New filings for weekly unemployment benefits hit a new pandemic low in the United States last week, government data showed on Thursday, bolstering the case that Covid-19 vaccines are allowing businesses to rehire.
The Labor Department reported 473,000 new seasonally adjusted claims for jobless benefits made in the week ended May 8, fewer than expected and 34,000 less than the previous week's upwardly revised level.
Another 103,571 people, not seasonally adjusted, made claims under a special program for freelance workers ineligible for regular aid, about 2,000 more than the week prior.
The figures marked a sharp reversal from the situation a year ago, when millions of jobless claims were filed each week after Covid-19 caused businesses to close or curtail operations and lay off workers.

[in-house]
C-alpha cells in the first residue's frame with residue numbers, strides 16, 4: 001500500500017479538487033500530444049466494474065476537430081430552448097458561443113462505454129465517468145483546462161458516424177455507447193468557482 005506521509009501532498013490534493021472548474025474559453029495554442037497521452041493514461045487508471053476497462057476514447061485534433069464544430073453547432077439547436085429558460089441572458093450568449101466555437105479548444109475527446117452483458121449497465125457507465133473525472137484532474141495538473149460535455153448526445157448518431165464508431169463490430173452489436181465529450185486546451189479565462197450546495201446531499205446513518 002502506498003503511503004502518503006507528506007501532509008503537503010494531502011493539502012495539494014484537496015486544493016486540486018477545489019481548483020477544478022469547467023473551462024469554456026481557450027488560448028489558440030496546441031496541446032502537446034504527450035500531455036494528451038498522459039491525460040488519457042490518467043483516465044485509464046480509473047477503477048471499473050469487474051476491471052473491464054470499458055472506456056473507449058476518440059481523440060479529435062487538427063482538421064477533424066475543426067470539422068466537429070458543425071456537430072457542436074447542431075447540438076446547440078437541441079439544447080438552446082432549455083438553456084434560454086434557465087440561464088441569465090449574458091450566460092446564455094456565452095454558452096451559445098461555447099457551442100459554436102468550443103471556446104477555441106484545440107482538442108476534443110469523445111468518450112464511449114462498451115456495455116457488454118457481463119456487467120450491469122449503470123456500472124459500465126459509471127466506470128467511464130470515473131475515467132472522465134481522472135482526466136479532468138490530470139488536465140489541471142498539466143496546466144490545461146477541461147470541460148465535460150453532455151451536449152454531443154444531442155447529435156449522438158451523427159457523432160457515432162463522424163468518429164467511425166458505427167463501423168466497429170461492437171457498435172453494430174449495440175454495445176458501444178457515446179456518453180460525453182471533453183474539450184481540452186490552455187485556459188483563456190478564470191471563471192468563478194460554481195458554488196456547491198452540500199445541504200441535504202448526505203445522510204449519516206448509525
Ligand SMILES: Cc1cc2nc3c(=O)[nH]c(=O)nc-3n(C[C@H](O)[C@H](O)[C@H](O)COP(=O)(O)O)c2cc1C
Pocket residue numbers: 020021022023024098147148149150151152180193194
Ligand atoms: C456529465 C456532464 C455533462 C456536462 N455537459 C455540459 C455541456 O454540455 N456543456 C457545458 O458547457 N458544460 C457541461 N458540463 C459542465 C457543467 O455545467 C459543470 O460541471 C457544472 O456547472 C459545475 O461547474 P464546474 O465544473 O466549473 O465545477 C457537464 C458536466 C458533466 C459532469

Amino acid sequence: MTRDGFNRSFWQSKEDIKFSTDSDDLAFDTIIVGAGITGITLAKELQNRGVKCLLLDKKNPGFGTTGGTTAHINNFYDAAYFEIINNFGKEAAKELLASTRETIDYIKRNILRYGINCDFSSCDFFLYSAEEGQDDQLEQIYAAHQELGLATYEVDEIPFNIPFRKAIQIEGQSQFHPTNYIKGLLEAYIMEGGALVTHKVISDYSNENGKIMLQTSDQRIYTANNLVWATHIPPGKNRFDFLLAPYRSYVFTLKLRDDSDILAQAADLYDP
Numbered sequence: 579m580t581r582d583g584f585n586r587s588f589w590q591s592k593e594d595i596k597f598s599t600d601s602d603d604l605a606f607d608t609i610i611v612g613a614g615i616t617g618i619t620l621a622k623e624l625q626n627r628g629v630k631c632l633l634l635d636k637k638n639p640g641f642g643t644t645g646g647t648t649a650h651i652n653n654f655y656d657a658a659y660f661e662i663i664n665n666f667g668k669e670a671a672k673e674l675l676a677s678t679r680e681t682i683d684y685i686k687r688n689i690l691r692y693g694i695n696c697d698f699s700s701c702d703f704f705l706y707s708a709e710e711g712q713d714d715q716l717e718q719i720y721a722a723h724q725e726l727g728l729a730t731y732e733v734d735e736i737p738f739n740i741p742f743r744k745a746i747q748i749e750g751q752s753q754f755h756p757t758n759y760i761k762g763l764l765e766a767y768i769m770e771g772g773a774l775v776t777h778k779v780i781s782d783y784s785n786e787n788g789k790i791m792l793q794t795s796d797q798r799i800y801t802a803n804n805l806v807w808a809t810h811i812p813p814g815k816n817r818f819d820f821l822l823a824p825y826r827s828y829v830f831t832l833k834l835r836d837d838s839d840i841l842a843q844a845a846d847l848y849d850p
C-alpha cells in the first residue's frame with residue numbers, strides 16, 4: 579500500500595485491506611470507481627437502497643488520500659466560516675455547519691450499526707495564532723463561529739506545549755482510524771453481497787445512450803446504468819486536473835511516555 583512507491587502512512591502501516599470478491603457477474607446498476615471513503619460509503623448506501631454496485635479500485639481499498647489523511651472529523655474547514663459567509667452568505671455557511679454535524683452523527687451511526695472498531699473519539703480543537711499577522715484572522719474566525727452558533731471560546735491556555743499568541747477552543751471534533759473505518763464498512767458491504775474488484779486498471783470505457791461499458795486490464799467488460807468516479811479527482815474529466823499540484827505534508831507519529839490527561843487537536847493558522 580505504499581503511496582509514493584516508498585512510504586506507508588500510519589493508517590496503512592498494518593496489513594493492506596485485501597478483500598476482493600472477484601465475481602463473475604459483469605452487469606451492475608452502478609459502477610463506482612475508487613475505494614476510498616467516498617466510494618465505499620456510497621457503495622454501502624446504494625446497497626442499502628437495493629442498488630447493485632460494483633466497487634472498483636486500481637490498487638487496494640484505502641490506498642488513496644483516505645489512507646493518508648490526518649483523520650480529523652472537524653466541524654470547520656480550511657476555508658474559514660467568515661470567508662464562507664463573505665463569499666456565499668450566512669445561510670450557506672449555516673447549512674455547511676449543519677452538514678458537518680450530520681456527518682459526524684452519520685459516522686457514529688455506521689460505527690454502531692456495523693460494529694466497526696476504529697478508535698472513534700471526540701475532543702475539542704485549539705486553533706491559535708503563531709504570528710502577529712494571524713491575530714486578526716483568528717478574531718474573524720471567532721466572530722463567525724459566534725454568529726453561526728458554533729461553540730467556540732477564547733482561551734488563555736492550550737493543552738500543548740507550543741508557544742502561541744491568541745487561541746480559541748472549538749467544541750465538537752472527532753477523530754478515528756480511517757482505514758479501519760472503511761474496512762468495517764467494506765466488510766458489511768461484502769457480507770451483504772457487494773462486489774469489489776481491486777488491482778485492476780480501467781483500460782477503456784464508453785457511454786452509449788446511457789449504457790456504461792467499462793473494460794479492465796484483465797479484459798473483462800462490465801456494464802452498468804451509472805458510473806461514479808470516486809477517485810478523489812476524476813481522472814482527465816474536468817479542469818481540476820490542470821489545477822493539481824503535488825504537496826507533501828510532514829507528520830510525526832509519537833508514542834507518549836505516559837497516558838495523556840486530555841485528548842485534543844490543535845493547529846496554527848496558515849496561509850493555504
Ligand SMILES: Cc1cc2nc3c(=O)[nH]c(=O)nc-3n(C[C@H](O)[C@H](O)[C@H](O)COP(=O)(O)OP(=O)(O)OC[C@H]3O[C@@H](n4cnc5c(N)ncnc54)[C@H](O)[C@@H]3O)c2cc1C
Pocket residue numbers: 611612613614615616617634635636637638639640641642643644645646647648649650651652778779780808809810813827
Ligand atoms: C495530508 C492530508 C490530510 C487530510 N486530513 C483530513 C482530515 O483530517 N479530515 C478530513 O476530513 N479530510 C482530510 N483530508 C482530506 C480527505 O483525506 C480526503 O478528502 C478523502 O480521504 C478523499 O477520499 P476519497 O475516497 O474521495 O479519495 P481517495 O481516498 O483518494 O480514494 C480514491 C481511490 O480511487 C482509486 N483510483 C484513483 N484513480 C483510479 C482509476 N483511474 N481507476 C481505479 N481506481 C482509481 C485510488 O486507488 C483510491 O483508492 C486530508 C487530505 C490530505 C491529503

Claims hovered in the high hundreds-of-thousands range for months, but the start of vaccination campaigns has caused a sustained fall in new applications in recent weeks. And Rubeela Farooqi of High Frequency Economics said the latest data confirmed that the labor market was healing.
"The reopening is continuing, and businesses are less constrained by restrictions. We expect layoffs to ease further as the economy moves closer towards normal capacity," she said.
As of the week ended May 1, the insured unemployment rate indicating people receiving regular benefits was 2.6 percent, essentially flat from the week prior, with nearly 3.7 million people approved for aid.
However, in a reminder of the toll taken by the pandemic layoffs, the data showed nearly 16.9 million people receiving benefits under all aid programs as of the week ended April 24.